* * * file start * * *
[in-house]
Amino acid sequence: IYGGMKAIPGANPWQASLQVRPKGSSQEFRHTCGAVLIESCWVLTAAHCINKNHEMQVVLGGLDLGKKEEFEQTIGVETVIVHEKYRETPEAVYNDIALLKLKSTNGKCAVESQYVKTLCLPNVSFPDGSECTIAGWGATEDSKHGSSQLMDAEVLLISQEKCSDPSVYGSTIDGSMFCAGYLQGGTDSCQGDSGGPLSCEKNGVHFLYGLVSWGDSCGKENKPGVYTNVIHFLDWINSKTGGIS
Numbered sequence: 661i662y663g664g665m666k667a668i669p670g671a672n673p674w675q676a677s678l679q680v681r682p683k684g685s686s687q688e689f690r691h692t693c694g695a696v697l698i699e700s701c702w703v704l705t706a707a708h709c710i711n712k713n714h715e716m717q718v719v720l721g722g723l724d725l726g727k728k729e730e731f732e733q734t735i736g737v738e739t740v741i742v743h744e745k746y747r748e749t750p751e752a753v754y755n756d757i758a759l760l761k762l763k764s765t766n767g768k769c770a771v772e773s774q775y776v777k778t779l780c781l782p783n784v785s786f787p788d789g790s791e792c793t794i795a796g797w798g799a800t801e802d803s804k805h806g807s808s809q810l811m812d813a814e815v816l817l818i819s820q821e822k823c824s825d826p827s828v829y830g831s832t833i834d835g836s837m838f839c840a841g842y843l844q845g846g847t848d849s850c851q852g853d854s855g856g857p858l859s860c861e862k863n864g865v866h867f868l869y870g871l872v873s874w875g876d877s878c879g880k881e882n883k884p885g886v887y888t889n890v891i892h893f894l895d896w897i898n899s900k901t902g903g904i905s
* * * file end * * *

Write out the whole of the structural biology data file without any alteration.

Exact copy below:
[in-house]
Amino acid sequence: IYGGMKAIPGANPWQASLQVRPKGSSQEFRHTCGAVLIESCWVLTAAHCINKNHEMQVVLGGLDLGKKEEFEQTIGVETVIVHEKYRETPEAVYNDIALLKLKSTNGKCAVESQYVKTLCLPNVSFPDGSECTIAGWGATEDSKHGSSQLMDAEVLLISQEKCSDPSVYGSTIDGSMFCAGYLQGGTDSCQGDSGGPLSCEKNGVHFLYGLVSWGDSCGKENKPGVYTNVIHFLDWINSKTGGIS
Numbered sequence: 661i662y663g664g665m666k667a668i669p670g671a672n673p674w675q676a677s678l679q680v681r682p683k684g685s686s687q688e689f690r691h692t693c694g695a696v697l698i699e700s701c702w703v704l705t706a707a708h709c710i711n712k713n714h715e716m717q718v719v720l721g722g723l724d725l726g727k728k729e730e731f732e733q734t735i736g737v738e739t740v741i742v743h744e745k746y747r748e749t750p751e752a753v754y755n756d757i758a759l760l761k762l763k764s765t766n767g768k769c770a771v772e773s774q775y776v777k778t779l780c781l782p783n784v785s786f787p788d789g790s791e792c793t794i795a796g797w798g799a800t801e802d803s804k805h806g807s808s809q810l811m812d813a814e815v816l817l818i819s820q821e822k823c824s825d826p827s828v829y830g831s832t833i834d835g836s837m838f839c840a841g842y843l844q845g846g847t848d849s850c851q852g853d854s855g856g857p858l859s860c861e862k863n864g865v866h867f868l869y870g871l872v873s874w875g876d877s878c879g880k881e882n883k884p885g886v887y888t889n890v891i892h893f894l895d896w897i898n899s900k901t902g903g904i905s